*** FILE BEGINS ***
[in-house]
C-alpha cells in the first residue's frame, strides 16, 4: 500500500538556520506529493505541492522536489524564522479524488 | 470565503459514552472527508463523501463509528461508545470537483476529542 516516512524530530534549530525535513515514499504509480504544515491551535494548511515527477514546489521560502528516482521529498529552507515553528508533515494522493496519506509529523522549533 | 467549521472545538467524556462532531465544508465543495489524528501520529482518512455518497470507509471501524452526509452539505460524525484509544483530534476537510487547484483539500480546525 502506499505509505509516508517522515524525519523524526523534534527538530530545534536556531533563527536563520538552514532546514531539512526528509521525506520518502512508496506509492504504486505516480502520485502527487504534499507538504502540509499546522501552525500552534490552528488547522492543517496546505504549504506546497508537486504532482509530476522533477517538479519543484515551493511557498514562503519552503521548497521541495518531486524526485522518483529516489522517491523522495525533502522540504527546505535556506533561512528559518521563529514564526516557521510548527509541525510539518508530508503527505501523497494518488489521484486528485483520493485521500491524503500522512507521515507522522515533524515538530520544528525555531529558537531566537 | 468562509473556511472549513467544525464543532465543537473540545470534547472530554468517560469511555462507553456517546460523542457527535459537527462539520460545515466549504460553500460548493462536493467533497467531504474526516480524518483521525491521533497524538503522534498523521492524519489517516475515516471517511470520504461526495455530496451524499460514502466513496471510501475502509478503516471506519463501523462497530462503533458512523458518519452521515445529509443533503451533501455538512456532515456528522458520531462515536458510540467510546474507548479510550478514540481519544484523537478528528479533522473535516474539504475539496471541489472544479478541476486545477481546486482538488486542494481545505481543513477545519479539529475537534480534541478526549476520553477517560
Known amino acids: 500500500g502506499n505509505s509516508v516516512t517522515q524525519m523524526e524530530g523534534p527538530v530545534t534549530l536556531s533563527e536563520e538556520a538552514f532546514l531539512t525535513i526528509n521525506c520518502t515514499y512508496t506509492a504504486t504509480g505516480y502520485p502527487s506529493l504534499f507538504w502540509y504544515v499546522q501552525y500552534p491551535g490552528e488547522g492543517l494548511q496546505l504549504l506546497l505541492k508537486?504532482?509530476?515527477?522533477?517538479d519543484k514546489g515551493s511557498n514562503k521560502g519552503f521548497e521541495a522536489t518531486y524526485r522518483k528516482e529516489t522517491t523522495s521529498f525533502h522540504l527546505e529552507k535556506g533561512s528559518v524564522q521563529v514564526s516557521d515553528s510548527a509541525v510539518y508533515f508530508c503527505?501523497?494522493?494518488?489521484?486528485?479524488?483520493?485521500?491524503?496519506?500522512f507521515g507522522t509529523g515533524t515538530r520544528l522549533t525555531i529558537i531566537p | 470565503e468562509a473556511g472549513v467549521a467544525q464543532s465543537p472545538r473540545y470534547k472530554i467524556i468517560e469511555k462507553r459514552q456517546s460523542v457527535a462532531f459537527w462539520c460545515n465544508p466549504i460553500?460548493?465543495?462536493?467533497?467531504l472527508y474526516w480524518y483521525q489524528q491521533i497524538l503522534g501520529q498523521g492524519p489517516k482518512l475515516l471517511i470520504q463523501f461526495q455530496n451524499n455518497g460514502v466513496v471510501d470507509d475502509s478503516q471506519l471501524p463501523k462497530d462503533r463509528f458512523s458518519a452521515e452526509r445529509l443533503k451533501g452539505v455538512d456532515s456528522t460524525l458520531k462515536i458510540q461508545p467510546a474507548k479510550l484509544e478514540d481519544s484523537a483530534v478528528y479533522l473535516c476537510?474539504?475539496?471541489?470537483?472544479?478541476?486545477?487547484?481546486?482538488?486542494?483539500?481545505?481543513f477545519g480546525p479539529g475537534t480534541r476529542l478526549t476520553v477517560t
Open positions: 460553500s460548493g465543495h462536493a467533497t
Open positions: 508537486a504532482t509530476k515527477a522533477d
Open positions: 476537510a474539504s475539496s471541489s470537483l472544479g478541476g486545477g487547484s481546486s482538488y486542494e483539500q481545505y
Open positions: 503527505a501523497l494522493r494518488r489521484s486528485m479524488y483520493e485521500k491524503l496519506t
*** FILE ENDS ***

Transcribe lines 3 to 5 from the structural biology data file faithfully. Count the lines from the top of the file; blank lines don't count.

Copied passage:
Known amino acids: 500500500g502506499n505509505s509516508v516516512t517522515q524525519m523524526e524530530g523534534p527538530v530545534t534549530l536556531s533563527e536563520e538556520a538552514f532546514l531539512t525535513i526528509n521525506c520518502t515514499y512508496t506509492a504504486t504509480g505516480y502520485p502527487s506529493l504534499f507538504w502540509y504544515v499546522q501552525y500552534p491551535g490552528e488547522g492543517l494548511q496546505l504549504l506546497l505541492k508537486?504532482?509530476?515527477?522533477?517538479d519543484k514546489g515551493s511557498n514562503k521560502g519552503f521548497e521541495a522536489t518531486y524526485r522518483k528516482e529516489t522517491t523522495s521529498f525533502h522540504l527546505e529552507k535556506g533561512s528559518v524564522q521563529v514564526s516557521d515553528s510548527a509541525v510539518y508533515f508530508c503527505?501523497?494522493?494518488?489521484?486528485?479524488?483520493?485521500?491524503?496519506?500522512f507521515g507522522t509529523g515533524t515538530r520544528l522549533t525555531i529558537i531566537p | 470565503e468562509a473556511g472549513v467549521a467544525q464543532s465543537p472545538r473540545y470534547k472530554i467524556i468517560e469511555k462507553r459514552q456517546s460523542v457527535a462532531f459537527w462539520c460545515n465544508p466549504i460553500?460548493?465543495?462536493?467533497?467531504l472527508y474526516w480524518y483521525q489524528q491521533i497524538l503522534g501520529q498523521g492524519p489517516k482518512l475515516l471517511i470520504q463523501f461526495q455530496n451524499n455518497g460514502v466513496v471510501d470507509d475502509s478503516q471506519l471501524p463501523k462497530d462503533r463509528f458512523s458518519a452521515e452526509r445529509l443533503k451533501g452539505v455538512d456532515s456528522t460524525l458520531k462515536i458510540q461508545p467510546a474507548k479510550l484509544e478514540d481519544s484523537a483530534v478528528y479533522l473535516c476537510?474539504?475539496?471541489?470537483?472544479?478541476?486545477?487547484?481546486?482538488?486542494?483539500?481545505?481543513f477545519g480546525p479539529g475537534t480534541r476529542l478526549t476520553v477517560t
Open positions: 460553500s460548493g465543495h462536493a467533497t
Open positions: 508537486a504532482t509530476k515527477a522533477d